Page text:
He still tells his mother some secrets, fears, and hopes. He doesnt enjoy a particular game at recess because he is not as good of a runner as his friends, so he spends the time hiding behind a wall so he doesnt get caught. He hates losing more than anything. He wants to go to the fireworks, but is so scared when he is watching them.

He is dirty, he leaves clothes, dishes and papers everywhere. He lets his older brother do all of the chores.
He reads everything. He loves DS, Wii and computer. He is anxious and defiant. He thrives in routine. He wants to learn everything and be better at anything his older brother is doing. I have virtually no photos of my 8 year old alone. He is always with his friends, family, or his father.


He would like this photo because he is about to beat both of his brothers with a snowball. Ah, to be 8.

I am so grateful for my children. Today, I celebrate my 8 year old.
Protect all children from senseless violence and other harms. Give us strength to overcome evil with good in the name of those who could not protect themselves.

Monday, April 15, 2013

Green of Spring

Lots of sad things happen in the world. I can be overwhelmed by the stories and sorrow. I only know one thing to do: pray. I have been doing a lot of that for my family and friends and strangers who I encounter on the twitter.

Back in the day I had a great friend. Unfortunately, we are not close any longer. But I still hold a sacred place for her and her family in my heart. Her father passed away shortly before the summer that we both were to be married.


Her father was an amazing man. He had this great accent and often had wise things to say based on his vast experience. He built things and planted things, traveled the world, and raised four children. Also, he had this sense of beauty that one would not ascertain by looking at him.

Before he passed on May 8th almost 11 years ago, he told his daughter he was glad to have seen another spring. He told her that the green of early spring is something to behold after a long winter. His regret was he would miss that green next year. Coming so close to his death, the comments made a significant impression on me.

Whenever I see the early green of spring, it is a different green than the green of late spring, I think of him, and remind myself to be grateful to be able to see the color again. The early spring green fades quickly and these photos do not do justice to the brightness of the color, but the photos remind me of him and gratitude for another season.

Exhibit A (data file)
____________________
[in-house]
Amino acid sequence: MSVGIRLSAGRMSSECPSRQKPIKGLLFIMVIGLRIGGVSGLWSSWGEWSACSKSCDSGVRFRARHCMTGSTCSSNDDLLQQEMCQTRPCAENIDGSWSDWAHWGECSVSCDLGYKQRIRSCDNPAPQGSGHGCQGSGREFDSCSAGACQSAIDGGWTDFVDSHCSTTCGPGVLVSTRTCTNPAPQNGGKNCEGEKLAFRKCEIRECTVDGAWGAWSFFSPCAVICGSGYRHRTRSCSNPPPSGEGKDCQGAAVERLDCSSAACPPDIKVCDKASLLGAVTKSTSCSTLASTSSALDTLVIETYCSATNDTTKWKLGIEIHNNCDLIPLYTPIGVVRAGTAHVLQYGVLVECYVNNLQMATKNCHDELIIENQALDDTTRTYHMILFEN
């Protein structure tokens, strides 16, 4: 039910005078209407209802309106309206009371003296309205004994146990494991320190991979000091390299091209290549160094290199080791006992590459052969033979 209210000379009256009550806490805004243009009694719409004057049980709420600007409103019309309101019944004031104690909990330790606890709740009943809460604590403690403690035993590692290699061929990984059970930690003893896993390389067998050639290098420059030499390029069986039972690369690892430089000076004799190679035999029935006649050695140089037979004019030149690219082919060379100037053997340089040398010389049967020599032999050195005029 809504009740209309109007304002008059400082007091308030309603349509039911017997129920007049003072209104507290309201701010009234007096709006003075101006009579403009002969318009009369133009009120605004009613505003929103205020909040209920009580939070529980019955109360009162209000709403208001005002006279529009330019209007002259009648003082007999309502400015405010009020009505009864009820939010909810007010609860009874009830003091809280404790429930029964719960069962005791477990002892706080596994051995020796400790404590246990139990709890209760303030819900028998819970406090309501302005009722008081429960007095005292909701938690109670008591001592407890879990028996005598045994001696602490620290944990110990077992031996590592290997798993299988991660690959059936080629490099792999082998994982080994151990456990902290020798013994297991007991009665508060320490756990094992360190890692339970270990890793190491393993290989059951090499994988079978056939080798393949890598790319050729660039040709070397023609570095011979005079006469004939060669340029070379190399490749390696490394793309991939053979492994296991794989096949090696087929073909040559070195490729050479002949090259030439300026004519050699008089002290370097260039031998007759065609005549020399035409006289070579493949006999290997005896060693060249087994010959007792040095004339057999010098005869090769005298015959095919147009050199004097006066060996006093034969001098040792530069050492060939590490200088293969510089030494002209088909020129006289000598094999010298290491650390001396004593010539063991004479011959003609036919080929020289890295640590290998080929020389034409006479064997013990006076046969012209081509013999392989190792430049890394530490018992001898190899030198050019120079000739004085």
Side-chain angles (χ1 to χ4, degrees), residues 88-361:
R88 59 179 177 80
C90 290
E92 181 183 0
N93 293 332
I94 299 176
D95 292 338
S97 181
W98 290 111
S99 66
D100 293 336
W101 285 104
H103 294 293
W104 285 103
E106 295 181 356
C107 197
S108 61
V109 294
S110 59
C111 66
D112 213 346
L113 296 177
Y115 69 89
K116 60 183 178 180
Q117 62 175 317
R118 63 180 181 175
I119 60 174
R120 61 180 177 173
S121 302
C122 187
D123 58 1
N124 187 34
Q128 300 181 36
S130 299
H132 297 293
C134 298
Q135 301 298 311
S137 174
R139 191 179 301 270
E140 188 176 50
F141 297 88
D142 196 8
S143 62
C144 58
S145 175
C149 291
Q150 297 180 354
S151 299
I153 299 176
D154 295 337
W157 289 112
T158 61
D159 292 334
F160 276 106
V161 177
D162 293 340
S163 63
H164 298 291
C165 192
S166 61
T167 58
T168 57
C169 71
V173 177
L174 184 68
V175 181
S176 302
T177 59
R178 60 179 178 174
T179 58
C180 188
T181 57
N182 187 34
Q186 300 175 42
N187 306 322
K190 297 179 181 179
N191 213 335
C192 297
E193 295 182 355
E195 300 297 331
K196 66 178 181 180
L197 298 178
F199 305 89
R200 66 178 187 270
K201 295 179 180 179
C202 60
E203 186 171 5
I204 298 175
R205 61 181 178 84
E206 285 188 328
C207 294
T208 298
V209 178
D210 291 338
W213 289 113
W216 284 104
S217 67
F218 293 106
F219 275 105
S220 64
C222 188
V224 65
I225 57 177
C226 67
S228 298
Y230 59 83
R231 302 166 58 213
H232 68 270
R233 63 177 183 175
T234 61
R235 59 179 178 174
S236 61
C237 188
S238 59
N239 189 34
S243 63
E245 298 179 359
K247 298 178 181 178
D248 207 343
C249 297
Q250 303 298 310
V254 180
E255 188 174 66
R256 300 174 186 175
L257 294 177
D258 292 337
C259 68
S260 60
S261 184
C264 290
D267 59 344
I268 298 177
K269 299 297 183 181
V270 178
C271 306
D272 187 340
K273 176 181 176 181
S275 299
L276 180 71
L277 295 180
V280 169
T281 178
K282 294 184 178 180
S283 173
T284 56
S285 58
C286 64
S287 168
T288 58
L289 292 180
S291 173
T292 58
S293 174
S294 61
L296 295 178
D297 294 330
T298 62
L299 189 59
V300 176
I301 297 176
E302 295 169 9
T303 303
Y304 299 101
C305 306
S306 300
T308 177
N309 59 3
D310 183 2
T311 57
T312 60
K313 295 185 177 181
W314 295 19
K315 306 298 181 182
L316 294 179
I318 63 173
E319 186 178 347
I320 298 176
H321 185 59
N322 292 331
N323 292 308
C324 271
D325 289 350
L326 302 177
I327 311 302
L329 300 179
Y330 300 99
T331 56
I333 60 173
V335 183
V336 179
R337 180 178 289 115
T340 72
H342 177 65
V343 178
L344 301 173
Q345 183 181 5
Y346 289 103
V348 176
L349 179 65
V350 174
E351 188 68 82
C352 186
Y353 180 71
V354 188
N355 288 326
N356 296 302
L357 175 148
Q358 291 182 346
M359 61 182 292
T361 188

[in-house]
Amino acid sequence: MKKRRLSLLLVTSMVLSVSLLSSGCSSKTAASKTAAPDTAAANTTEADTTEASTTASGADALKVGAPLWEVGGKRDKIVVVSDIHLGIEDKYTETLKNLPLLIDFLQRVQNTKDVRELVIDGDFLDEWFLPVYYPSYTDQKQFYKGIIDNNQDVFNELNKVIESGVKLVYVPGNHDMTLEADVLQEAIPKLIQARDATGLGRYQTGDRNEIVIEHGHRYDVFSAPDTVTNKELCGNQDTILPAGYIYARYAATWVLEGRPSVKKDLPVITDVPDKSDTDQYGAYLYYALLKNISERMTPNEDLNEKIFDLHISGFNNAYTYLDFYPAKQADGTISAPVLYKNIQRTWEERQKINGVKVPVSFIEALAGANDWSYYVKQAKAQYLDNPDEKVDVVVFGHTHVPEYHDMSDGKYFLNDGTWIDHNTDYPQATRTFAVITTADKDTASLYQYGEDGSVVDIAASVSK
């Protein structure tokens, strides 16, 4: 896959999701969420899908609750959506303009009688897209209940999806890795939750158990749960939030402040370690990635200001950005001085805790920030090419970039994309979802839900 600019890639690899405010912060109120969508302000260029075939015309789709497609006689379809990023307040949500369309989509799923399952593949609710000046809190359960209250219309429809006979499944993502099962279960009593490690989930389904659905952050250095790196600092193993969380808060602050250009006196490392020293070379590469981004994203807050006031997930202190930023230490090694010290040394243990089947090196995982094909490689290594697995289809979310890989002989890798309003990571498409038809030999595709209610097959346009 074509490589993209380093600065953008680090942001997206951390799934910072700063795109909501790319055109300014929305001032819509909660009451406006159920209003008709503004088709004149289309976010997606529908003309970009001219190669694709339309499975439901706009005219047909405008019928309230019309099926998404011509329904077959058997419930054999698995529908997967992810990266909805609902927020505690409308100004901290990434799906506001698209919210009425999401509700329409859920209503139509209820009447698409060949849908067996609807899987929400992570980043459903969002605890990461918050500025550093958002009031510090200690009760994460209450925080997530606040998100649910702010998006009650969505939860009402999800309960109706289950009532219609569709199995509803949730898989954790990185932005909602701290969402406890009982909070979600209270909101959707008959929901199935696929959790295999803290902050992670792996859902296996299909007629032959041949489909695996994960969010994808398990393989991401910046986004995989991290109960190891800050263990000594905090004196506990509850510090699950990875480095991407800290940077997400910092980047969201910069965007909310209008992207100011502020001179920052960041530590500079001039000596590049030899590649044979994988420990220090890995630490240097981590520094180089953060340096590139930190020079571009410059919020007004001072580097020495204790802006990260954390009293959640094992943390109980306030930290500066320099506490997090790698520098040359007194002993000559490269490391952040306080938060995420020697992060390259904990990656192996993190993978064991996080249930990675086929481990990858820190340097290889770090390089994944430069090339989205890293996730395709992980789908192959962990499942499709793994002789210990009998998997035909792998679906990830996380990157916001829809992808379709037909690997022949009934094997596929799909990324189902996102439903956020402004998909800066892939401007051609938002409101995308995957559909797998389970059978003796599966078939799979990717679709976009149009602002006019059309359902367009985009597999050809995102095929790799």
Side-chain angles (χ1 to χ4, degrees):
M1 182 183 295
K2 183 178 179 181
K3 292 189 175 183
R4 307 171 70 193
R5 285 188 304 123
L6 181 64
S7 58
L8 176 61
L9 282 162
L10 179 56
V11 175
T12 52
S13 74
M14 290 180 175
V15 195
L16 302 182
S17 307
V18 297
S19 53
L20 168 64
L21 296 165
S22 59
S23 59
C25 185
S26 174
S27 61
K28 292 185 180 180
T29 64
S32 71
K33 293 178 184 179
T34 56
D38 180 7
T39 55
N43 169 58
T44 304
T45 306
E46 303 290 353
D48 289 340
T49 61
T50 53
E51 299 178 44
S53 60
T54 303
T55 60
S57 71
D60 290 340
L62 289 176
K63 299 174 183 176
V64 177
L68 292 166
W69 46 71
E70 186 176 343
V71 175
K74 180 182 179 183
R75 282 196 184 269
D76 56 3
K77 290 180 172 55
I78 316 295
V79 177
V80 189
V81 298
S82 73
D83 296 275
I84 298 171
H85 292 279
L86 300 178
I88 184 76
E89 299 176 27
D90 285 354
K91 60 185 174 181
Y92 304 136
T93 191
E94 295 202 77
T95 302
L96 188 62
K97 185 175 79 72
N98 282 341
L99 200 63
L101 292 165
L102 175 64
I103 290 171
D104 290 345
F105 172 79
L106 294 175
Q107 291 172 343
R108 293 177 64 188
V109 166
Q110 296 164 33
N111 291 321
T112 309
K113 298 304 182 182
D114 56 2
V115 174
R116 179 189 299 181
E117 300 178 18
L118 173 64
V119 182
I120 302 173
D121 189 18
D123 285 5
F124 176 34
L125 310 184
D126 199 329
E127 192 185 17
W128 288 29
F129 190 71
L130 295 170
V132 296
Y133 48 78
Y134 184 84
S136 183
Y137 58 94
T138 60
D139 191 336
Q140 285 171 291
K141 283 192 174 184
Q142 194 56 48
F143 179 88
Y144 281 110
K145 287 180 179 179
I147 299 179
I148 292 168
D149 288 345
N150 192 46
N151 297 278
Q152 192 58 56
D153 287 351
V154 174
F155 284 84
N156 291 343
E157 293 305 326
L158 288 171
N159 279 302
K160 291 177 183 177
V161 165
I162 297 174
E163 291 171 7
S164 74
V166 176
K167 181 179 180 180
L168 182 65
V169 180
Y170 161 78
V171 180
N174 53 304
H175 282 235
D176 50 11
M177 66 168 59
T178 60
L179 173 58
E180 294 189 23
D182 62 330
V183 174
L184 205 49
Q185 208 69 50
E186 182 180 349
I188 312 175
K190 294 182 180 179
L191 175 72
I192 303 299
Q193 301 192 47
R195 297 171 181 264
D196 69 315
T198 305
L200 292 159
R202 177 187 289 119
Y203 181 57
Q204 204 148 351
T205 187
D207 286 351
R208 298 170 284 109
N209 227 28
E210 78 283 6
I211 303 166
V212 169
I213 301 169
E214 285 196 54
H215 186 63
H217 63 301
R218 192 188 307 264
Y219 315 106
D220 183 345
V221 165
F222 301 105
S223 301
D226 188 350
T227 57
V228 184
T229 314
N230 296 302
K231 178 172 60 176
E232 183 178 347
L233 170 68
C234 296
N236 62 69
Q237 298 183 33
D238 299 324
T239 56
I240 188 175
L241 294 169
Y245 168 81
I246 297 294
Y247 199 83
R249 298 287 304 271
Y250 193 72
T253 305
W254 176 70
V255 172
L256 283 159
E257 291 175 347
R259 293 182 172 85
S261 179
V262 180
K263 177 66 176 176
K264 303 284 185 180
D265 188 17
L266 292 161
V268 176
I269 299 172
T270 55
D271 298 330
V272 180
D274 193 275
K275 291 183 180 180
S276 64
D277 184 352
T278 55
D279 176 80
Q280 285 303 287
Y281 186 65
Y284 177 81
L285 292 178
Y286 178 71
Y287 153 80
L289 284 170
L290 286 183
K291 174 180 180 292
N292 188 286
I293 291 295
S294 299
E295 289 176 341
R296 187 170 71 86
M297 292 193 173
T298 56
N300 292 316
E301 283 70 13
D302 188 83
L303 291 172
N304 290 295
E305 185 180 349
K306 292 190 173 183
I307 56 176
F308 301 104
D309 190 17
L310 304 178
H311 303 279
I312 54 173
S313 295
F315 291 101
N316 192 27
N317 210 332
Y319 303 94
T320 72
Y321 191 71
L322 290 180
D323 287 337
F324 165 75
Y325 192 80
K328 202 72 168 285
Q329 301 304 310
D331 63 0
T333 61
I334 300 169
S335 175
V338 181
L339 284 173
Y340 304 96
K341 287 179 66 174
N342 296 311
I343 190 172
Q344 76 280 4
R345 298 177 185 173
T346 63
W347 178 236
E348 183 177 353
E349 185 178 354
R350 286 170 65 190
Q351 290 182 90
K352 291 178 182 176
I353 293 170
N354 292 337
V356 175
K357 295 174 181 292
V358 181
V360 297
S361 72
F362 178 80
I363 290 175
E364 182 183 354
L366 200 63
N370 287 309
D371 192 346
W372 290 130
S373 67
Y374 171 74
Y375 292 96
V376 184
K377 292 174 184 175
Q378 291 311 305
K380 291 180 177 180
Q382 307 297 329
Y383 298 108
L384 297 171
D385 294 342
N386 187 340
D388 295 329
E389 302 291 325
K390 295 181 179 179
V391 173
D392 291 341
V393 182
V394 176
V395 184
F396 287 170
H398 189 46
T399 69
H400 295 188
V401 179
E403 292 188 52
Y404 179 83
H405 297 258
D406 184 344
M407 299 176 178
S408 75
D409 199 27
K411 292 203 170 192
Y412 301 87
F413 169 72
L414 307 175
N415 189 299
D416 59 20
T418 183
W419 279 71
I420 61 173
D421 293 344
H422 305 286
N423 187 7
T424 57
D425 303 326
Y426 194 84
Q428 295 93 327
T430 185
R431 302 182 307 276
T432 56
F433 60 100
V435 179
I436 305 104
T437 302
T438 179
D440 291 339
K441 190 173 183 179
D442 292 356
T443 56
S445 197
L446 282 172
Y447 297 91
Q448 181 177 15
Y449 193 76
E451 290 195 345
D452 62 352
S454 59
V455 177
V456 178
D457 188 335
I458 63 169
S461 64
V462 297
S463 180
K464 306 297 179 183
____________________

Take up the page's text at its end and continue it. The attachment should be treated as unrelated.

Wednesday, April 10, 2013

David's intro to 5th grade

 What is going on in our world? David and I went to Walker Upper Elementary School's Open House last night. Two 6th grade students led our little group of four around the school. The students were great tour guides. I had the benefit of a tour with the principal at the beginning of October, so I felt comfortable. Alas, this tour was not about me, it was about David, my almost ten year old.

I did check in with David several times throughout the tour. He asked great questions all the while looking forward to the cookies (1 per student) and lemonade at the end of the tour. My favorite question that David asked "do the students ever take a field trip to Crowe pool next door?" The P.E. teachers explained  they have tried to start up an aquatics program, but they have encountered some difficulties in implementing it (schedules etc.). I loved that he asked that question since I receive that question all the time as a school board member.

This morning David woke up and was ready to go a half hour before the bus. Usually when he is ready to go super early he wants to play DS or Wii before school, so Chris asked him "why are you ready so early?" David, in his chipper 9 year old way, described in some detail that he assumes he will be riding his bike to school when he goes to Walker, and it will take about 15 minutes to ride to the school, lock his bike and walk up the stairs to class, so he wanted to see what it was like to be ready by that time. Instead of playing Wii or DS, David read for the 1/2 hour before the bus.

I told him to have a good day as he walked out the door and he said "not likely." This is not a usual David response. He further explained that the 4th graders have math SOL simulations or term assessments (he is not sure which) today and he is not looking forward to it.   I will be thinking of him today, hoping that he is lifted in surprising ways and the test is mere item checked off in is day.